He looked back at her for a long moment. His expression gradually shifted from surprise to disconcerting assessment. Then one side of his mouth lifted in a wry smile. "No problem. I'm getting used to having things sprung on me this week. Compared to an offer of marriage this was pretty minor. Besides, you did tell me that public appearances were part of this package deal."
"Yeah, I did," she said, feeling lightened. She started along the sidewalk, but Dave's hand on her arm stopped her.
"There's one thing I wondered about, Matty,"
"You're awfully eager to get your address changed aren't you? Not even waiting until we're married."
"Just want to keep things straight," she mumbled. "C'mon, let's go get those blood tests. Doc won't wait all day."
* * * *
"You don't have to walk me all the way inside," Matty protested twenty minutes later as Dave ushered her into Taylor Larsen's reception area. "I'm perfectly all right and you can go about your business now."
"You still look pale."
She glared at him. "I am not pale and I wasn't going to faint. I was fine until you shoved my head down between my knees. Then I was dizzy."
Dizziness that had nothing at all to do with the sensation of his hand against the back of her neck, slowly stroking into her hair, then down inside the collar of her sweater.
"Uh-huh," he murmured, falsely soothing. "Hey, Lisa."
"Dave, Matty." The tone of voice used by Lisa Currick–Dave's younger sister and Taylor's office manager–immediately announced she was miffed. "I hear congratulations are in order."
Matty's heart sank under a load of guilt. She hadn't given a thought to how this might affect Lisa.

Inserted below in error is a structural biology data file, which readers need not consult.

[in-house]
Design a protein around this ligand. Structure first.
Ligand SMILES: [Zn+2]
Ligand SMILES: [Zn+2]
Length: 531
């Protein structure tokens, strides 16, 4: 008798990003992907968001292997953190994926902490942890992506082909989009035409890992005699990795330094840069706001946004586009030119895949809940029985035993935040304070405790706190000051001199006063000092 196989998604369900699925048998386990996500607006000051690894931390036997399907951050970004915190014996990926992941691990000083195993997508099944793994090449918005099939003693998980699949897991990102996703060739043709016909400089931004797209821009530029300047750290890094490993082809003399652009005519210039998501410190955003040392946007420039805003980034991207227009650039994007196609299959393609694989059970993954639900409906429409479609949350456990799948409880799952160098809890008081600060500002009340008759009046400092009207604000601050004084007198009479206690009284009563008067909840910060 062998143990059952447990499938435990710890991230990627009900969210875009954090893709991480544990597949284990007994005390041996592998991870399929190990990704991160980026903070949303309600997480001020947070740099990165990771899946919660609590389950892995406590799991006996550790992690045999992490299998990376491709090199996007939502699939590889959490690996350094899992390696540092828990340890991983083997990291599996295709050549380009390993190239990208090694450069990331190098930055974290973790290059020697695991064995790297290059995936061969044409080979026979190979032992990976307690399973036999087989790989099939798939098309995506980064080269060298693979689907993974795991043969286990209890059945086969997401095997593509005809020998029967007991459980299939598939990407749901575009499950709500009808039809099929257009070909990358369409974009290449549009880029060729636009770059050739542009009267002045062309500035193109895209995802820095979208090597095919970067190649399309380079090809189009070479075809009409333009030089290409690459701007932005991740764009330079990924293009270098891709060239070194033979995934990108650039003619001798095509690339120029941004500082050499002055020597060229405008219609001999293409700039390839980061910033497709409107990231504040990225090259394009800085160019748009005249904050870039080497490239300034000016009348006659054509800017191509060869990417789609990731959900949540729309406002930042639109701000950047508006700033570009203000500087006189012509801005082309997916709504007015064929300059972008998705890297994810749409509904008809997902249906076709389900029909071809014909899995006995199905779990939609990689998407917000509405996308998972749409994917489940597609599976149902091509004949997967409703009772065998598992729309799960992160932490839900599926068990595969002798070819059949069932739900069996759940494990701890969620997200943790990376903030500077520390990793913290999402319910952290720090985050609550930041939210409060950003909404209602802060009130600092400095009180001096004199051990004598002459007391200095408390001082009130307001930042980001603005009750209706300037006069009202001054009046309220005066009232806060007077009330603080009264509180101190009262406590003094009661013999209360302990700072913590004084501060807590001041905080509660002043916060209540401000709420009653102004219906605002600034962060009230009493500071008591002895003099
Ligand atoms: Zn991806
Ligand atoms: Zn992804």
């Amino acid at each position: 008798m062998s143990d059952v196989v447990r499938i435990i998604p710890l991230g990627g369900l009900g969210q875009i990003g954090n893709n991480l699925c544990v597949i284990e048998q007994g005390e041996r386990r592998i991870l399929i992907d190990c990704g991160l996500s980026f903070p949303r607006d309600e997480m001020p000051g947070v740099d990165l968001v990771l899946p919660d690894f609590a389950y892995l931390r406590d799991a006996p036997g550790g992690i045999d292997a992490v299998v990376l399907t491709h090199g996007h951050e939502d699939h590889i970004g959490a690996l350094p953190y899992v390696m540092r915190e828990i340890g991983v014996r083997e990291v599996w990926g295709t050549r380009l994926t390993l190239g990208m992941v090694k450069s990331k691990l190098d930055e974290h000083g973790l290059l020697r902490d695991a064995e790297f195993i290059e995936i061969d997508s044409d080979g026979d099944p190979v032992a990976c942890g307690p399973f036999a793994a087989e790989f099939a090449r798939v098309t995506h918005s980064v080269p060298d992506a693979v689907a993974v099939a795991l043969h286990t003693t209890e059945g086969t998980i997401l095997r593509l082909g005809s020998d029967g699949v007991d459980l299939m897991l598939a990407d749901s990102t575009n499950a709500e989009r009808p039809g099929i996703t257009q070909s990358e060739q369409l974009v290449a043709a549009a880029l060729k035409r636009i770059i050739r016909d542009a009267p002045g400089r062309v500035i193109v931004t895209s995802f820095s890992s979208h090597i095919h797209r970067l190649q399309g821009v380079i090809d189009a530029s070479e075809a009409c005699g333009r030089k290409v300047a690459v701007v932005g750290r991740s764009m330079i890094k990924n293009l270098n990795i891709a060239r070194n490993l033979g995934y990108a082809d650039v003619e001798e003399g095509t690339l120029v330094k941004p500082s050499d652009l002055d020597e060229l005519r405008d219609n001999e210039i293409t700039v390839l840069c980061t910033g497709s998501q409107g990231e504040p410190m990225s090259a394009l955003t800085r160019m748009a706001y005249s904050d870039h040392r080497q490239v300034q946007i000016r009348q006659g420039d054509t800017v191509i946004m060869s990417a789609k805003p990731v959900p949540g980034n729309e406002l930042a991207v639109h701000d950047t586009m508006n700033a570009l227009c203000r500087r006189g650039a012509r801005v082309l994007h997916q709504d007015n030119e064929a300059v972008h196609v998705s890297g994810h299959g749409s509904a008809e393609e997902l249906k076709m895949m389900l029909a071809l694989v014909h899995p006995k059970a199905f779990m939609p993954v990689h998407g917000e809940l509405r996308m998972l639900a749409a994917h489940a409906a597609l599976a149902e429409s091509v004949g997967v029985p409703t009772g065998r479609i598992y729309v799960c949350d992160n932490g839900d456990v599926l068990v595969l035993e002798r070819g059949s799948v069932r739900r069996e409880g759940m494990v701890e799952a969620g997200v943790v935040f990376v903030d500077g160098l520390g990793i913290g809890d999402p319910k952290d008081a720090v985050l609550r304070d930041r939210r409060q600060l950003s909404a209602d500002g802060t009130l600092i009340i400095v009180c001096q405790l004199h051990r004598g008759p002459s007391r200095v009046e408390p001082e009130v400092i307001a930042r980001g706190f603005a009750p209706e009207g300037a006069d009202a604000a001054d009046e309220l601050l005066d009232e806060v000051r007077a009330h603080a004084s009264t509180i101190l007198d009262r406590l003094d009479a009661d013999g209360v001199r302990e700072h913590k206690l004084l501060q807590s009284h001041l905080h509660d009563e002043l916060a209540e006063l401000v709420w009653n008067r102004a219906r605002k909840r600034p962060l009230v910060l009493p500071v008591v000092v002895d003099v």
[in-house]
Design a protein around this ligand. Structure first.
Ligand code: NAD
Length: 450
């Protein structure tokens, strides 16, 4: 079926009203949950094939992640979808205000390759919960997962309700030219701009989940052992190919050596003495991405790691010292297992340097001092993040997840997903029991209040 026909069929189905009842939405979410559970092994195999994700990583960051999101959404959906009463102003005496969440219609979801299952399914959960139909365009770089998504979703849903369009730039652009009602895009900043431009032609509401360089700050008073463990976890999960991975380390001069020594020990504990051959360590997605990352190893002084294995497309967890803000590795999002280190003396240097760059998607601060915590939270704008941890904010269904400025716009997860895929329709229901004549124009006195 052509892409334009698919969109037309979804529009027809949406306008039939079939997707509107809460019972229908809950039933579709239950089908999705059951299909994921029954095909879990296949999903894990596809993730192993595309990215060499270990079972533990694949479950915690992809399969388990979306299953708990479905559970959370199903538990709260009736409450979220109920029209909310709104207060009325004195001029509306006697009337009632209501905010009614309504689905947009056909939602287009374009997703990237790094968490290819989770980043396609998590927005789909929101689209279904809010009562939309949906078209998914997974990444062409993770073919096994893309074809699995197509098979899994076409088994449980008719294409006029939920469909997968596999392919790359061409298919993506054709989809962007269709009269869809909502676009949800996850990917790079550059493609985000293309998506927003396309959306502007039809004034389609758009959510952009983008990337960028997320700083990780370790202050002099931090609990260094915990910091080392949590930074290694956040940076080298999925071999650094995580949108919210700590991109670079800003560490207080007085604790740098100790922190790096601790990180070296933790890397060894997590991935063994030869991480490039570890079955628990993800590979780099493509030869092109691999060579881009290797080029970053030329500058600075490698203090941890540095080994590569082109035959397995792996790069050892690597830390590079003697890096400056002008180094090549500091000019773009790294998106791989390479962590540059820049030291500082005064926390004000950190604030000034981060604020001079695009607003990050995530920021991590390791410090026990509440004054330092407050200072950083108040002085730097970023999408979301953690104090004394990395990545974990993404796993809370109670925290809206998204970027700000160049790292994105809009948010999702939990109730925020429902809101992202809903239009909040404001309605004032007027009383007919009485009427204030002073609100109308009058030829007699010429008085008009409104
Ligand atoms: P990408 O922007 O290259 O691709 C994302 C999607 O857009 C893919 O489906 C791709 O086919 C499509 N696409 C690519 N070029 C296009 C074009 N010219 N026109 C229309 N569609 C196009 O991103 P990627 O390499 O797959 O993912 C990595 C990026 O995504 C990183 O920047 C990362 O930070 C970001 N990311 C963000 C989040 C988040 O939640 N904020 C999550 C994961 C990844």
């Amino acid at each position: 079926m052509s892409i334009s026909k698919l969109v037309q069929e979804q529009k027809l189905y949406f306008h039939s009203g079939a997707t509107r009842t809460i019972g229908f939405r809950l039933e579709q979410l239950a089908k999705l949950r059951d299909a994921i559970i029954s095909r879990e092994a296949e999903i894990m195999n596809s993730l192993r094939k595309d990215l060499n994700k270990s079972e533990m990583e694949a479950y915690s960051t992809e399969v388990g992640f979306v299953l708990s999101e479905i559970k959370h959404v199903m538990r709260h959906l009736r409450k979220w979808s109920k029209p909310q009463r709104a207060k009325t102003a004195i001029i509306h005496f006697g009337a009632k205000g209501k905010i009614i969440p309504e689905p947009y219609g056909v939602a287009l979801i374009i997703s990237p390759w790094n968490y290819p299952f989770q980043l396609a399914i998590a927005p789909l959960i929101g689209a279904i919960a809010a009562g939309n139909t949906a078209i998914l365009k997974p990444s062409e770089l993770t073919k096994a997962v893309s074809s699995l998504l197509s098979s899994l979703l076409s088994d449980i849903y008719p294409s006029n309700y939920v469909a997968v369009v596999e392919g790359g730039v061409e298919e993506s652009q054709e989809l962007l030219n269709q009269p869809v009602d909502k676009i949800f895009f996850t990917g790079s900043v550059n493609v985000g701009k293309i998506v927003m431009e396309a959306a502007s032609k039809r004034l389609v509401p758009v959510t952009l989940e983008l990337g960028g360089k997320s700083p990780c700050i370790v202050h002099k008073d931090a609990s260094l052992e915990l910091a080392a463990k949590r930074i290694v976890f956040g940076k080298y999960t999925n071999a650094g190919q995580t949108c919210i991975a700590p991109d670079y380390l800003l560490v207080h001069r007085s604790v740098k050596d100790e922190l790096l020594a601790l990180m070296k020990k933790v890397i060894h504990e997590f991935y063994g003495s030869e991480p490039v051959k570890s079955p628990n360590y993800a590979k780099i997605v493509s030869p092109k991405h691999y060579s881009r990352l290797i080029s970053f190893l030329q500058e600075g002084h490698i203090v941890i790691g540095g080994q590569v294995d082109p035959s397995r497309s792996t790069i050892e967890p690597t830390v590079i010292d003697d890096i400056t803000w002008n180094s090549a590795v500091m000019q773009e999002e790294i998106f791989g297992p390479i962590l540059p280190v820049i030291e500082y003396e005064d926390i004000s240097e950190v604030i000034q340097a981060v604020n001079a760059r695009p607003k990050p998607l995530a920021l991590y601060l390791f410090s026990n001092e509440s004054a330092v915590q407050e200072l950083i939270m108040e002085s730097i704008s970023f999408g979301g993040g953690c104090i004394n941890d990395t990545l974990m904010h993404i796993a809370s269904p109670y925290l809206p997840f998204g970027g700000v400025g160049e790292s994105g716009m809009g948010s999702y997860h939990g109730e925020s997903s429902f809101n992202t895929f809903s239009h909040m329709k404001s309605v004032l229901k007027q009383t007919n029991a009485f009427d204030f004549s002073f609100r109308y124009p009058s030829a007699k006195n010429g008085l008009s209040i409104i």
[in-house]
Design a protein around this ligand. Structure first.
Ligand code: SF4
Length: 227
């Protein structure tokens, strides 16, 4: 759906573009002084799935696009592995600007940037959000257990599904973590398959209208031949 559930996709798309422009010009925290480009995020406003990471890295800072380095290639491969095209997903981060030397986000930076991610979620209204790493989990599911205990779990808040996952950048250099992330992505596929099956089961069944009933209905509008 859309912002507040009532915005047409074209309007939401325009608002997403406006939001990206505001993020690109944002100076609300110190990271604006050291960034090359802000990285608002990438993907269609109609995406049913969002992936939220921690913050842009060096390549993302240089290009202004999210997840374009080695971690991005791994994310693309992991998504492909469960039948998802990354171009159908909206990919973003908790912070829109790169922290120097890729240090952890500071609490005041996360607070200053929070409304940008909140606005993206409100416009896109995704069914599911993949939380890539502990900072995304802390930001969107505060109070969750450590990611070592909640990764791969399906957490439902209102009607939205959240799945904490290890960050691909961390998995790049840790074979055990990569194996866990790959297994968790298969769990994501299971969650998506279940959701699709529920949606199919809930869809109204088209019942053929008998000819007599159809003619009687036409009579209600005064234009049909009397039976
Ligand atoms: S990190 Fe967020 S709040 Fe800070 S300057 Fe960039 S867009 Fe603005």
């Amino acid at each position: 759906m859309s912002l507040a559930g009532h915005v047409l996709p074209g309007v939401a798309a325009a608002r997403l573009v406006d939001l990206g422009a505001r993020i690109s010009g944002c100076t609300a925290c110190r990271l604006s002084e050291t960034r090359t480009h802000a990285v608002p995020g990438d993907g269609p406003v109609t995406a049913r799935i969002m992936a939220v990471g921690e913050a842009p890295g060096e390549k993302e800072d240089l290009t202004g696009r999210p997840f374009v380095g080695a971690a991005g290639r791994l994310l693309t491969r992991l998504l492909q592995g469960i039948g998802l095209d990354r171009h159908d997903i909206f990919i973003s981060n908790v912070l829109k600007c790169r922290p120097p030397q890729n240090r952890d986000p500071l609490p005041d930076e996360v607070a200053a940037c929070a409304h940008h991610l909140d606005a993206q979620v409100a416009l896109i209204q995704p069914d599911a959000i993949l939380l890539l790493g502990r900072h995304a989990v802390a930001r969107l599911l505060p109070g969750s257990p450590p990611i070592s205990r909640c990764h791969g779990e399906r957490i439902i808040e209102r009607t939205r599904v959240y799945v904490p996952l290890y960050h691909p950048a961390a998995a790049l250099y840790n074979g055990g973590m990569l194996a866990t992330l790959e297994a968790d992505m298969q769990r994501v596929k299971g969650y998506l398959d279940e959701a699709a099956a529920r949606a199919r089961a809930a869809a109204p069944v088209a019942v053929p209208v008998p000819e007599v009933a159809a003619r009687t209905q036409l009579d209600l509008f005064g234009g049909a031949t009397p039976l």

Some still clucked about Lisa having moved into her own small house on the edge of town when she'd returned from New York City a few years back instead of living on the ranch. But Matty had figured that had to do with Lisa's need for independence, not any bad blood between the siblings. The gap of six years between brother and sister had meant they were
n't buddies as kids, not the way she and Dave had been buddies. But the Currick family was close and loyal.
"Or maybe," Lisa was going on. "I should make that I-told-you-so's. Half the town's been telling me they always knew you two would get together if you'd stop squabbling long enough to listen to your pheromones. They all seemed to think that as your sister, I'd already know about this."
Of course Lisa was hurt that she hadn't been told first. Especially since she didn't know this wasn't going to be a real marriage.
"Oh, Lisa, I'm so sorry–but, honestly, it's not what you think–"
"Sorry, Lees," Dave interrupted firmly at the same time he squeezed so tightly around Matty's waist that she almost yelped. "We'd intended to tell you first. Word kind of leaked out about a half hour ago, and you know how this town is. I'll explain it all to you over dinner in Jefferson, how's that? You have time before class tonight?"
"Not tonight. Tomorrow." She waved toward an interior door, clearly well on her way to being mollified. "Taylor's waiting for you both, so go in."
"Both of us? Wait a minute, why would Taylor–"
Dave interrupted again. "Tell Lisa thanks for the congratulations, Matty, and let's go in." He gave Taylor's office door a quick knock before opening it.
"Thanks, Lisa," she said hurriedly as he guided her into the inner office, "but I don't see why you–"
"Hello, Matty, David." With an air of formality, Taylor stood behind her desk. "I'm glad you both could come this afternoon to discuss this."
Her gesture indicated documents on her desk. They bore Dave's letterhead.
Taylor sat, looking at the pages as she flipped through them, and they took the twin chairs across the desk from her. "You're right, Matty, there isn't much to discuss. Dave did an excellent job drafting it."
"Drafting what?" Matty asked.
"I took the liberty of sending this to Taylor yesterday, so she could look it over on your behalf beforehand. Thought that would be better than springing it on you, Taylor," he added, looking across the desk.
"I appreciate that. It–"
Matty had had enough of the lawyerly courtesies. Spacing each word, she demanded, "What is it?"
Dave gave a fair portrayal of surprise that she would have to ask, but when he turned to her she recognized the glint in his eyes. "Our prenuptial agreement, dear."